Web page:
Isaiah Ross is the engine that drives the Iona offense this season. Ross is averaging 20.5 points per game, 3.3 rebounds per game and 1.7 assists per game for Iona. Asante Gist has been an x-factor for Iona as well. Gist is averaging 12.2 points per game and 4.0 assists per game this season. Nelly Junior Joseph will be a great building piece around Iona for years to come. The freshman big man is averaging 12.1 points per game and 7.1 rebounds per game this season. Coach Pitino has a balanced team this season. Offensively, the Gaels are averaging 74.7 points per game this season (79th in Division-I). Defensively, the Gaels are holding opponents to 69.7 points per game this season (140th in Division-I) and opposing teams are shooting 41.4% from the field this season (63rd in Division-I).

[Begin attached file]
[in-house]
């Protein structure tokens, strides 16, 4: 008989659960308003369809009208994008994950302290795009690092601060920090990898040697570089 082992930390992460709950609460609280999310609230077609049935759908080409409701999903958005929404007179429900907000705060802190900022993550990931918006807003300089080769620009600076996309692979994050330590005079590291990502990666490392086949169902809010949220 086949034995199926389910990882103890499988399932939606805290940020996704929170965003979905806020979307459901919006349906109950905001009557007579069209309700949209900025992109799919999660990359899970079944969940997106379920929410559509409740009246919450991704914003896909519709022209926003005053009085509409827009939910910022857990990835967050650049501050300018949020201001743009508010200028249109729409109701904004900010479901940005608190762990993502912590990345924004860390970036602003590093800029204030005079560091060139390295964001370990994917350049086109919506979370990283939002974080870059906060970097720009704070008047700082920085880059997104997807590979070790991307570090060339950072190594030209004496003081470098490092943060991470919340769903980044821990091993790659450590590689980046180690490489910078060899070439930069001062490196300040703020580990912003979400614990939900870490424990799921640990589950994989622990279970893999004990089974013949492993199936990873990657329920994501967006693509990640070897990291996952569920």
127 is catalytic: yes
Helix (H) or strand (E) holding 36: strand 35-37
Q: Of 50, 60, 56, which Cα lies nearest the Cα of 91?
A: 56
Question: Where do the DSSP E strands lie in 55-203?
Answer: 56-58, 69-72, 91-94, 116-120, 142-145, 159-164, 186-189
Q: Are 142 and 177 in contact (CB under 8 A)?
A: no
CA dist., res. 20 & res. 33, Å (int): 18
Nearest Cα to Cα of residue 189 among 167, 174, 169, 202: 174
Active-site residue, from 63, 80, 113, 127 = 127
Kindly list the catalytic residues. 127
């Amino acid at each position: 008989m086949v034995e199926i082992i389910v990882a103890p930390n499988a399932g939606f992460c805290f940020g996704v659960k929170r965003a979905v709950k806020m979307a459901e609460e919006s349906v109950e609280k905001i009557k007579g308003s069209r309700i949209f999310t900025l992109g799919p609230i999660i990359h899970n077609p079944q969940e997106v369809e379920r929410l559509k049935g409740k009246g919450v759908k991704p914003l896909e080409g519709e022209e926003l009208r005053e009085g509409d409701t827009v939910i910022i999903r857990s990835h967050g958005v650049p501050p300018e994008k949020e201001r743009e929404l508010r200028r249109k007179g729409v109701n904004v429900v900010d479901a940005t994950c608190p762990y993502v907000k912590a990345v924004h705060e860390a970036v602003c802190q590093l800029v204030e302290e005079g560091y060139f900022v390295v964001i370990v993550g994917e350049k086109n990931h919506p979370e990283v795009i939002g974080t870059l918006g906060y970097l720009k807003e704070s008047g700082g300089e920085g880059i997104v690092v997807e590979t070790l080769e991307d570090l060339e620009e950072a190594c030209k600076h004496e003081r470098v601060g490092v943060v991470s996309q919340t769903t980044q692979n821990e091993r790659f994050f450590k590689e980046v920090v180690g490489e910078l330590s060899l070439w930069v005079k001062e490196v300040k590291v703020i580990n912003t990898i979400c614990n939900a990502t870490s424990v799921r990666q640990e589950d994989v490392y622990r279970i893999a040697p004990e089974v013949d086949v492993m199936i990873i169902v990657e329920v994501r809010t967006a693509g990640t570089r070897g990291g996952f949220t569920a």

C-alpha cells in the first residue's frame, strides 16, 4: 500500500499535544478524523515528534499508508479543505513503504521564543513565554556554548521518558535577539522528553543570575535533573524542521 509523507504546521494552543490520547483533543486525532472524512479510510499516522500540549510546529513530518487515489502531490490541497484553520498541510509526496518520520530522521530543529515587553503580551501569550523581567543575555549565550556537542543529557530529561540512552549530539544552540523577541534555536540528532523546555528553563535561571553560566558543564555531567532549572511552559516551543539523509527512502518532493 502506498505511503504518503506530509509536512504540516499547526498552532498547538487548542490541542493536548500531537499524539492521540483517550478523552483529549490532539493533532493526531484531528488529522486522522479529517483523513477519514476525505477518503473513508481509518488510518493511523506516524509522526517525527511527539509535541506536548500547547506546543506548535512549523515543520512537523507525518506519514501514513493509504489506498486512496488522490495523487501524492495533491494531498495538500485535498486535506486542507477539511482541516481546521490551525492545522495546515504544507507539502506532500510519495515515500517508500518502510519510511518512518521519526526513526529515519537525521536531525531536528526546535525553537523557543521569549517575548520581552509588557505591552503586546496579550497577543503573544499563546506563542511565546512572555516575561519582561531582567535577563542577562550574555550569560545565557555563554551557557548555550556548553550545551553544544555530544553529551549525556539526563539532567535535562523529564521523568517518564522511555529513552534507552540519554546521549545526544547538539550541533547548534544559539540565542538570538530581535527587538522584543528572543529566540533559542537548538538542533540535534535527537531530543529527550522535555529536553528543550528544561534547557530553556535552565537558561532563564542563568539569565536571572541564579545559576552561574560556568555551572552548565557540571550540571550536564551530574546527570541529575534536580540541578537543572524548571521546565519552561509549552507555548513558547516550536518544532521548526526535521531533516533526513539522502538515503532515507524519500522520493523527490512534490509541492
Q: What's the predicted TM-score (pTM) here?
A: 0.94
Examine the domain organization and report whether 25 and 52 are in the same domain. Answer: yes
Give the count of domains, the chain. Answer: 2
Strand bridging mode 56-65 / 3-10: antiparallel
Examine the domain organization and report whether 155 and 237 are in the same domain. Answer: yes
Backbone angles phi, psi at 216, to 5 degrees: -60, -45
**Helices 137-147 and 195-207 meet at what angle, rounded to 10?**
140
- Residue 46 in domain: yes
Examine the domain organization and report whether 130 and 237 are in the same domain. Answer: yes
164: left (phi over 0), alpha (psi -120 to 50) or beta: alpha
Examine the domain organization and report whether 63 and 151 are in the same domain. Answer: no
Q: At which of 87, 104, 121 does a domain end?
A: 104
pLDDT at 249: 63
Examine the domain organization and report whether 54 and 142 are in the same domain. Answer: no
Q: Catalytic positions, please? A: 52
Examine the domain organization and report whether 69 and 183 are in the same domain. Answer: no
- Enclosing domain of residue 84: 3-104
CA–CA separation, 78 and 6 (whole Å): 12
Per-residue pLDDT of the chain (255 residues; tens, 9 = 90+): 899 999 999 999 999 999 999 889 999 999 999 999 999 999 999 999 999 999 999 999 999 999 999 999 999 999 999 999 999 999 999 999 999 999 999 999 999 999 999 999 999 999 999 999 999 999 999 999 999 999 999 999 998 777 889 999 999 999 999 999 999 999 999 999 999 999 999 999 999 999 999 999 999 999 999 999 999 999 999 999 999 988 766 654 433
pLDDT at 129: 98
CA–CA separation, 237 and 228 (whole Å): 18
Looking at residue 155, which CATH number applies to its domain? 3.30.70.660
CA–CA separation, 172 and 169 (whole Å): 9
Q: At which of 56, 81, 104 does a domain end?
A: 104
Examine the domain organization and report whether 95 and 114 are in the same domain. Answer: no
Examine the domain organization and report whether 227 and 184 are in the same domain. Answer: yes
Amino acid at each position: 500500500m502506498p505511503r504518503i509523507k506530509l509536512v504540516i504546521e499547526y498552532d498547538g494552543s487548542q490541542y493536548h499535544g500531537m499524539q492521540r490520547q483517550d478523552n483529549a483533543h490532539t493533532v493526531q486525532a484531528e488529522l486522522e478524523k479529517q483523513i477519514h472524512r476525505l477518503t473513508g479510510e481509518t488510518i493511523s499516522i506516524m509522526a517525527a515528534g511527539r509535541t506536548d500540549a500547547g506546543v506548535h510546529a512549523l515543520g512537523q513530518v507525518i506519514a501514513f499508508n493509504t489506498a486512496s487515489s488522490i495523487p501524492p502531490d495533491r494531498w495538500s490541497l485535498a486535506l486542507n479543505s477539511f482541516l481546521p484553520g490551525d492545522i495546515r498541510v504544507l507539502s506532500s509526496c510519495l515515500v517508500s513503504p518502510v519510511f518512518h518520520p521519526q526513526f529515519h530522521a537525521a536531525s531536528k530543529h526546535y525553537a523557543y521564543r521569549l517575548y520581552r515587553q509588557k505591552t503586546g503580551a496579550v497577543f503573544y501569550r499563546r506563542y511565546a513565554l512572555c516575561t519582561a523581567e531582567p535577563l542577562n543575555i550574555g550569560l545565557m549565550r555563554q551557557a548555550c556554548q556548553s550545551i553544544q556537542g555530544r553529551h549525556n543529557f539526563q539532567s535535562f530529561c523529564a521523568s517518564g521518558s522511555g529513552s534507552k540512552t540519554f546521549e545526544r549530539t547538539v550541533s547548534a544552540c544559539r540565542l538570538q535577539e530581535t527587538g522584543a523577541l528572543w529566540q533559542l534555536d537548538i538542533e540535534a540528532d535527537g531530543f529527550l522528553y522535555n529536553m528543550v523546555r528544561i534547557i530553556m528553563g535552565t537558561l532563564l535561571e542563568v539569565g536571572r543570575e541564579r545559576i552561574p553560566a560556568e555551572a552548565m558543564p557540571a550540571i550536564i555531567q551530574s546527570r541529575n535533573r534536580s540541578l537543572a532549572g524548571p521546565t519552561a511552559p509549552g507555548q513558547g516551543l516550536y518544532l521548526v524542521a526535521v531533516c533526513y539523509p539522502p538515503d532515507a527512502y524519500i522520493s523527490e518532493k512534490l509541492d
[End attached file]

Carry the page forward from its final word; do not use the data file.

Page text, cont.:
– Jack O’Keefe (@jpokeefe1s)
Mid-Eastern (MEAC) Tournament
When: March 7th – 13th
Where: Norfolk Scope, Norfolk, VA
Fun Fact: Due to the COVID-19 pandemic, things have drastically altered the Mid-Eastern Athletic Conference (MEAC) this season. Maryland-Eastern Shore and Bethune-Cookman opted out before the season started. Howard suspended the remainder of their season in early February, following ongoing problems with health conditions. As a result, there will only get seven teams in the tournament field. Oh, and the conference has been split up, with a north and south divisional placement. Hopefully this is a one and done format.
The Favorite: #1 North Carolina A&T Bulldogs (South) (11-10, 7-1)